Here's Robin Fulton's translation of "Brief Pause in the Organ Recital", a poem by Tomas Tranströmer (15 April 1931 - 26 March 2015):
BRIEF PAUSE IN THE ORGAN RECITAL
The organ stops playing and it's deathly quiet in the church, but only for a couple of seconds.
And the faint rumbling penetrates from the traffic out there, that greater organ.
For we are surrounded by the murmuring of the traffic, it flows along the cathedral walls.
The outer world glides there like a transparent film and with shadows struggling pianissimo.
And as if it were part of the street noise I hear one of my pulses beating in the silence,
I hear my blood circulating, the cascade that hides inside me, that I walk about with,
and as close as my blood and as far away as a memory from when I was four,
I hear the trailer that rumbles past and makes the six-hundred-year-old walls tremble.
This could hardly be less like a mother's lap, yet at the moment I am like a child,
hearing the grown-ups talking far away, the voices of the winners and the losers mingling.
On the blue benches a sparse congregation. And the pillars rise like strange trees:
no roots (only the common floor) and no crown (only the common roof).
I relive a dream. That I'm standing alone in a churchyard. Everywhere heather glows
as far as the eye can reach. Who I am waiting for? A friend. Why doesn't he come. He's here already.
Slowly death turns up the lights from underneath, from the ground. The heath shines, a stronger and stronger purple —
no, a colour no one has seen ... until the morning's pale light whines in through the eyelids
and I waken to that unshakeable PERHAPS that carries me through the wavering world.
And each abstract picture of the world is as impossible as the blue-print of a storm.
At home stood the all-knowing Encyclopedia, a yard of bookshelf, in it I learnt to read.
But each one of us has his own encyclopedia written, it grows out of each soul,
it's written from birth onwards, the hundreds of thousands of pages stand pressed against each other
and yet with air between them! Like the quivering leaves in a forest. The book of contradictions.
What's there changes by the hour, the pictures retouch themselves, the words flicker.
A wake washes through the whole text, it's followed by the next wave, and then the next ...
Friday, March 27, 2015
Wednesday, March 25, 2015
In his New Yorker review of Kazuo Ishiguro's new novel The Buried Giant, James Wood describes the narrators of Ishiguro's earlier novels as follows:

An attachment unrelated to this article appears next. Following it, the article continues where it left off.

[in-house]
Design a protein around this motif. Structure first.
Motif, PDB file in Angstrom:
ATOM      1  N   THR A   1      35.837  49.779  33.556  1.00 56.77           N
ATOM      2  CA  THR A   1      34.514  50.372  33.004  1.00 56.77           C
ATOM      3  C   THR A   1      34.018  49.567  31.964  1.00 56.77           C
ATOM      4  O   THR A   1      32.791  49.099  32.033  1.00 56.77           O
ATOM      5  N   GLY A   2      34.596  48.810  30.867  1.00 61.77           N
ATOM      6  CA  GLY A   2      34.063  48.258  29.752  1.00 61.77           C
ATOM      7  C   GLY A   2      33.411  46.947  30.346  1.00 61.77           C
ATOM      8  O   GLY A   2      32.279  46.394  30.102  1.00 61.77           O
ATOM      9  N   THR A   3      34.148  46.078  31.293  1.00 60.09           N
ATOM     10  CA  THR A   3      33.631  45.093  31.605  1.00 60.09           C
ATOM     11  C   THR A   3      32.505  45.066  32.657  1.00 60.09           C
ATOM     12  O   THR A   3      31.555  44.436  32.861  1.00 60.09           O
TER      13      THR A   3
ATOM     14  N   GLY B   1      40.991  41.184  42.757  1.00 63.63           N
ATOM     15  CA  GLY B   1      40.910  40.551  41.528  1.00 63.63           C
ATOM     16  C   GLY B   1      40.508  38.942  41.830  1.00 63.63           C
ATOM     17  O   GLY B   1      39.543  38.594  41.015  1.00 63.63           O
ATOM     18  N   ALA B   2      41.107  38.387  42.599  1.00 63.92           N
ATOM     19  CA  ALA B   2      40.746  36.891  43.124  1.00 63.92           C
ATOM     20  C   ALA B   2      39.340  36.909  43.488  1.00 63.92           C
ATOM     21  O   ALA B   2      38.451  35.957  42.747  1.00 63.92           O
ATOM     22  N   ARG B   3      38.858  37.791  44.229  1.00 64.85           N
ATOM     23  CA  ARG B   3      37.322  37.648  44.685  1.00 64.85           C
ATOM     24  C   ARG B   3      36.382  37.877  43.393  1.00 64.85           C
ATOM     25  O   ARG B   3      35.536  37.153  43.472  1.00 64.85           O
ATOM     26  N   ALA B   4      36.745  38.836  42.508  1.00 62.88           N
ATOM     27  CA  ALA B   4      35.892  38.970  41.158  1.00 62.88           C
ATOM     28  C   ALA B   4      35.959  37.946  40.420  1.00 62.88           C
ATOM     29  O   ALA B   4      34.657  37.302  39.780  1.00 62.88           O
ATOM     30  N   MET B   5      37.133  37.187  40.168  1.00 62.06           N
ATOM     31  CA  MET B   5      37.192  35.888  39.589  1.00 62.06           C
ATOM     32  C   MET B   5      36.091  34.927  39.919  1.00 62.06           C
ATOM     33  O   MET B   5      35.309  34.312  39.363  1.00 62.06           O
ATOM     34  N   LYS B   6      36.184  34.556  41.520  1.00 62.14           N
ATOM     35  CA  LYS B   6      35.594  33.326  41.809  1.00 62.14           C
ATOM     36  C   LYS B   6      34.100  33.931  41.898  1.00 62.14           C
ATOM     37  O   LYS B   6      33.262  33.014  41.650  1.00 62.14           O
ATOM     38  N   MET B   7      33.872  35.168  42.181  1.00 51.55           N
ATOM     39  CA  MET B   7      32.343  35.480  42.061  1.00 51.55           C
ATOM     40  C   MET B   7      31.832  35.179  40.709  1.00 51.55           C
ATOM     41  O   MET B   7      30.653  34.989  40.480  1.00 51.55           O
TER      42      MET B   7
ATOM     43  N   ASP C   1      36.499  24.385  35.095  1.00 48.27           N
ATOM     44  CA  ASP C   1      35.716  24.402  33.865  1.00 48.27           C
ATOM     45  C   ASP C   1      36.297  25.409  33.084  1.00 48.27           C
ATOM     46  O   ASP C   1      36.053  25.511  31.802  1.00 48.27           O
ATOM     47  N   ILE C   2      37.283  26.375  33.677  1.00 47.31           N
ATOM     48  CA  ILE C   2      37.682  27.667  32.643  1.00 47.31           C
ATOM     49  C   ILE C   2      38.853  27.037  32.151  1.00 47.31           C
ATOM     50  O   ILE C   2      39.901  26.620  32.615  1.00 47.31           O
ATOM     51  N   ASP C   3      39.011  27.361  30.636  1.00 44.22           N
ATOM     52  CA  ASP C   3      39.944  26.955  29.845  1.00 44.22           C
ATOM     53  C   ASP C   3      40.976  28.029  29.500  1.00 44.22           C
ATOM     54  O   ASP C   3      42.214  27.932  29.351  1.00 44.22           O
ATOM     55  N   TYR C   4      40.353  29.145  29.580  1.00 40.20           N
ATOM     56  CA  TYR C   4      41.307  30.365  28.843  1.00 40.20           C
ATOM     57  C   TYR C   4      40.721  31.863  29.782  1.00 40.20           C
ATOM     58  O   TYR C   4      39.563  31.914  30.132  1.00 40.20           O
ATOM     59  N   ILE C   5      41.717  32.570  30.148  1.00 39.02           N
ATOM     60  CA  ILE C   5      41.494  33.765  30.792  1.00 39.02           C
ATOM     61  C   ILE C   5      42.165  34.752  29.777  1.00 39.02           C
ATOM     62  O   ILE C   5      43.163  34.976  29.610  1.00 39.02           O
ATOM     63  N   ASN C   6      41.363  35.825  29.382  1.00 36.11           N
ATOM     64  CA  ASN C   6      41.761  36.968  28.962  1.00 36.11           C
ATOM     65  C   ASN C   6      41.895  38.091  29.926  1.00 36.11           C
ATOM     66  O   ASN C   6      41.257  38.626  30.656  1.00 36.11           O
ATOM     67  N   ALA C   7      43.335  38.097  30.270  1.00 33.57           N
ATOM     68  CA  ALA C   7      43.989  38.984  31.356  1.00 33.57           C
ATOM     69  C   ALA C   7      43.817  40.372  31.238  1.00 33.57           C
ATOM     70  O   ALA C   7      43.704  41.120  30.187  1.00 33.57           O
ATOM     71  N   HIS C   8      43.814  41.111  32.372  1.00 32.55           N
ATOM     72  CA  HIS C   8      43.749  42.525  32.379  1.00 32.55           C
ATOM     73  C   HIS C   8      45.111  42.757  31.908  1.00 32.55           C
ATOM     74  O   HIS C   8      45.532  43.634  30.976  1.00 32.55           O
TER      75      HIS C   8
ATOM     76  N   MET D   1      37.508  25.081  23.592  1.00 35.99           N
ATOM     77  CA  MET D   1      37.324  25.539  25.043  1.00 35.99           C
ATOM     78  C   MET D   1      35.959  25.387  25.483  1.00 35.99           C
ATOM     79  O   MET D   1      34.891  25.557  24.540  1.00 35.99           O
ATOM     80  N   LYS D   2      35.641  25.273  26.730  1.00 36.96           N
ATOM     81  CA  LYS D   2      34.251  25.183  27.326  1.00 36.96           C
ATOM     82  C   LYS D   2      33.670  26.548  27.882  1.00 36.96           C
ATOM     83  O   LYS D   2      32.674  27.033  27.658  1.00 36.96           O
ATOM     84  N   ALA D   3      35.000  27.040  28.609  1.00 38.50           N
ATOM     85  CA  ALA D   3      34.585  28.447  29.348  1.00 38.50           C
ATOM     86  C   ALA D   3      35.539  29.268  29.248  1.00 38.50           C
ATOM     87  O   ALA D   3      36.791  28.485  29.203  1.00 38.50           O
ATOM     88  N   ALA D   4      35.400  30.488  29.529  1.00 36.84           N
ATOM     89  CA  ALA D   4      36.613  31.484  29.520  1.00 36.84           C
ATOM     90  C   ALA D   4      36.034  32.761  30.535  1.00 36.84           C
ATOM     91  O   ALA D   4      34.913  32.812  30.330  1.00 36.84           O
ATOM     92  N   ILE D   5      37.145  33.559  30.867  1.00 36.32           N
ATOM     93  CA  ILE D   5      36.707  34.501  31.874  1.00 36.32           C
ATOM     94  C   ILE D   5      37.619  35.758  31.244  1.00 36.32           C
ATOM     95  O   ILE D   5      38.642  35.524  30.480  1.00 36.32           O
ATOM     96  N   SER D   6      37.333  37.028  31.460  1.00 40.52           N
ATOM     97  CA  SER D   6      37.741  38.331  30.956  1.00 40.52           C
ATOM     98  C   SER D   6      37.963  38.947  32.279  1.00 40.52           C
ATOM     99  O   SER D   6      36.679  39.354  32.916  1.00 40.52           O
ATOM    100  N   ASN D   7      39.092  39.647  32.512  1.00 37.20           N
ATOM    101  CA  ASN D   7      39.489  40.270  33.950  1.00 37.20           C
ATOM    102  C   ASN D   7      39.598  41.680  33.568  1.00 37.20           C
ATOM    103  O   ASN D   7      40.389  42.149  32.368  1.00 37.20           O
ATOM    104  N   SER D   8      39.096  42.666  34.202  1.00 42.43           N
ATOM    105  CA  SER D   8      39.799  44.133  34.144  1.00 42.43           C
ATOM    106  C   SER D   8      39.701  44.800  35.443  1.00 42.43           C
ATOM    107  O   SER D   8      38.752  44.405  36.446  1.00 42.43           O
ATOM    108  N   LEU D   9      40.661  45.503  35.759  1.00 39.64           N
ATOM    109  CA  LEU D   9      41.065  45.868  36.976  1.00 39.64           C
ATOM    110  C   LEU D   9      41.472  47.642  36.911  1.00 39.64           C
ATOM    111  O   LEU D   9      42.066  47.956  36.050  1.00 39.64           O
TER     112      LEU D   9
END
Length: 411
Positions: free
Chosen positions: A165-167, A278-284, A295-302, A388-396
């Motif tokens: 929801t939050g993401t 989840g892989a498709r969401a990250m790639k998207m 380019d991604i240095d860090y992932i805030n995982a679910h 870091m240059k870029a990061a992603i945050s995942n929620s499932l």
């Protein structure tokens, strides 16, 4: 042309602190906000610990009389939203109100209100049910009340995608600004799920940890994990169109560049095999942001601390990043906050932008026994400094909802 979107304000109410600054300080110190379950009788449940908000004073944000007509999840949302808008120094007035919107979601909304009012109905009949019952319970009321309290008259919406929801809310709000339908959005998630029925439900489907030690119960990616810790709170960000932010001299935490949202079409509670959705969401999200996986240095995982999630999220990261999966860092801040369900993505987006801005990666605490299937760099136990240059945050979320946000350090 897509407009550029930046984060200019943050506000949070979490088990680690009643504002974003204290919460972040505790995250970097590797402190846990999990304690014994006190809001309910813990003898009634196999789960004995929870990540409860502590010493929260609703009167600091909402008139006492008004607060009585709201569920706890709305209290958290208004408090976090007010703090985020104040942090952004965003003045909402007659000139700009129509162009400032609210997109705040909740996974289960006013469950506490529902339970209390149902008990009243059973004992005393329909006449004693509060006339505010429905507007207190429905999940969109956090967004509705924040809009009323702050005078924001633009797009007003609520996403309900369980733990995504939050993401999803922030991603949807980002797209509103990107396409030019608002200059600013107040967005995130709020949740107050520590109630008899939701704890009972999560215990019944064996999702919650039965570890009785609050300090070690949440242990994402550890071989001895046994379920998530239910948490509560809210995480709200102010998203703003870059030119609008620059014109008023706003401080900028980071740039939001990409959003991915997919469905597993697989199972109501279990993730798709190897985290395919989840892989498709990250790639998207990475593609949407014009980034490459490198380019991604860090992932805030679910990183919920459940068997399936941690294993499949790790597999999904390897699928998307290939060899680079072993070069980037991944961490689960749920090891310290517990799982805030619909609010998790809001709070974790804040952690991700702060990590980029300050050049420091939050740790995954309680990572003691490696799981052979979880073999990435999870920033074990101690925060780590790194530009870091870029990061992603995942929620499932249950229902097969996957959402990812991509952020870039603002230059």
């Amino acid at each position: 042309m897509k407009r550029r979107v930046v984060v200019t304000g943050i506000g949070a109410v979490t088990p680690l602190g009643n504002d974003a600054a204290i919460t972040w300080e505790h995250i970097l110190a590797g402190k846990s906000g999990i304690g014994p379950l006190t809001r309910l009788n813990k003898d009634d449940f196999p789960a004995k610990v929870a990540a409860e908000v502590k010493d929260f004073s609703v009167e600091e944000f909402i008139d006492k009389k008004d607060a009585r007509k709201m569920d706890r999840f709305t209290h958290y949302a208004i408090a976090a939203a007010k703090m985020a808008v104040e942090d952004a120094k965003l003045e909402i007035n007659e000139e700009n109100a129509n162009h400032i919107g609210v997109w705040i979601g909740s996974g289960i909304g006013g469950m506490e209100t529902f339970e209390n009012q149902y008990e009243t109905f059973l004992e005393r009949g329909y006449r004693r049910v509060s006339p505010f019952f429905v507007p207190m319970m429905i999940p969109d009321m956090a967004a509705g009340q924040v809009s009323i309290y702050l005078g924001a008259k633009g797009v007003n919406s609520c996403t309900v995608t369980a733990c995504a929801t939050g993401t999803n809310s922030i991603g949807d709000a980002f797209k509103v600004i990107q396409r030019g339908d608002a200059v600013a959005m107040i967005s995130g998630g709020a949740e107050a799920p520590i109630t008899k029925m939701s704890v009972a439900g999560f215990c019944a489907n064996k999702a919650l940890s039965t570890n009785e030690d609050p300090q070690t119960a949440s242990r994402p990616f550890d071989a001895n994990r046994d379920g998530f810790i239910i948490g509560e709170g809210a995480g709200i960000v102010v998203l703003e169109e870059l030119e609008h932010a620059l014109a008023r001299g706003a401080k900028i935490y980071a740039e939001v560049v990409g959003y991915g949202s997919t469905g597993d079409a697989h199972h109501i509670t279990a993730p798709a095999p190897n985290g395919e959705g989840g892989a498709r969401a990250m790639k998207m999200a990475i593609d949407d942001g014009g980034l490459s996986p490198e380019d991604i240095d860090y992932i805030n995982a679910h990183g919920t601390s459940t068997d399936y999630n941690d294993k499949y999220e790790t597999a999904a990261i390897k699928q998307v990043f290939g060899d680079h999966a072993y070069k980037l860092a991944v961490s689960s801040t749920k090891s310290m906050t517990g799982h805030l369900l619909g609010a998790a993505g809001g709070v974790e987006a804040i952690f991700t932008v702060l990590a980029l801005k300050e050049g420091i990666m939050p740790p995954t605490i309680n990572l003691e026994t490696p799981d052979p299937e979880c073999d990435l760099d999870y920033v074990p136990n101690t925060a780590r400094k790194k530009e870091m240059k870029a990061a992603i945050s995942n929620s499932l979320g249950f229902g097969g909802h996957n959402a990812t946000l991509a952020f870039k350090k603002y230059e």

His complacent or muted unreliable narrators, like the painter Ono, in An Artist of the Floating World, or the butler Stevens, in The Remains of the Day, tell stories that mildly and self-servingly repress secrets, shameful compromises, and the wounds of the past. (Both of these narrators have reason to conceal or minimize their involvement with Fascist politics just before the Second World War.).
While this is an accurate description of Stevens, it gets Ono backwards. I know this, because I misread An Artist of the Floating World the first time I read it. Only a second reading did I notice what makes the novel so distinct and striking: Ono does not "conceal or minimize his involvement" with Fascism. On the contrary, throughout the book, he is trying to acknowledge his guilt – and everyone around him doesn't want to hear about it. They tell him he's exaggerating; they tell him there's no reason for him to feel so guilty. If the novel is a figure of "self-serving repression of secrets", it is the people around Ono who are doing the repression, not Ono himself.
It's time to reread An Artist of the Floating World so I can back up this claim with some evidence!
Saturday, March 21, 2015
I saw a complaint about the supposedly increasing use of "that" to refer to people (instead of "who").
Since I have a digital copy of Jane Austen's "Emma," it took me only a few minutes to find an example of such a usage by Austen: Mr. Woodhouse "was a nervous man, easily depressed; fond of every body that he was used to, and hating to part with them; hating change of every kind."
But the Corpus of Historical American English also provides some evidence. I searched for the phrase "man who" and the phrase "man that". Amusingly, "the man that" seems to be decreasing in frequency. From the 1830s to the 1930s (by decades), it appears with at least 200 hits per decade, while since then it has been decreasing, with only 94 hits in the 1990s and 116 in the 2000s.
But the complaint was made by someone from Britain. The BYU corpora do not include a corpus of Historical British English like the COHA for American English, but you can use the BYU corpus site to search Google Books. And again, "man that" has decreased considerably since the 19th century: over 20,000 hits per decade from the 1830s to the 1900s (and up over 30,000 sometimes). Oddly enough, there is then a sudden drop in hits between the 1900s and the 1910s, from over 36k hits to about 12,500. And then it's been pretty steady since then.
So whatever is going on here, it is highly unlikely to be a matter of increasing frequency of use of "that" to refer to people (or at least to refer to "man"). This is what's known as "the frequency illusion."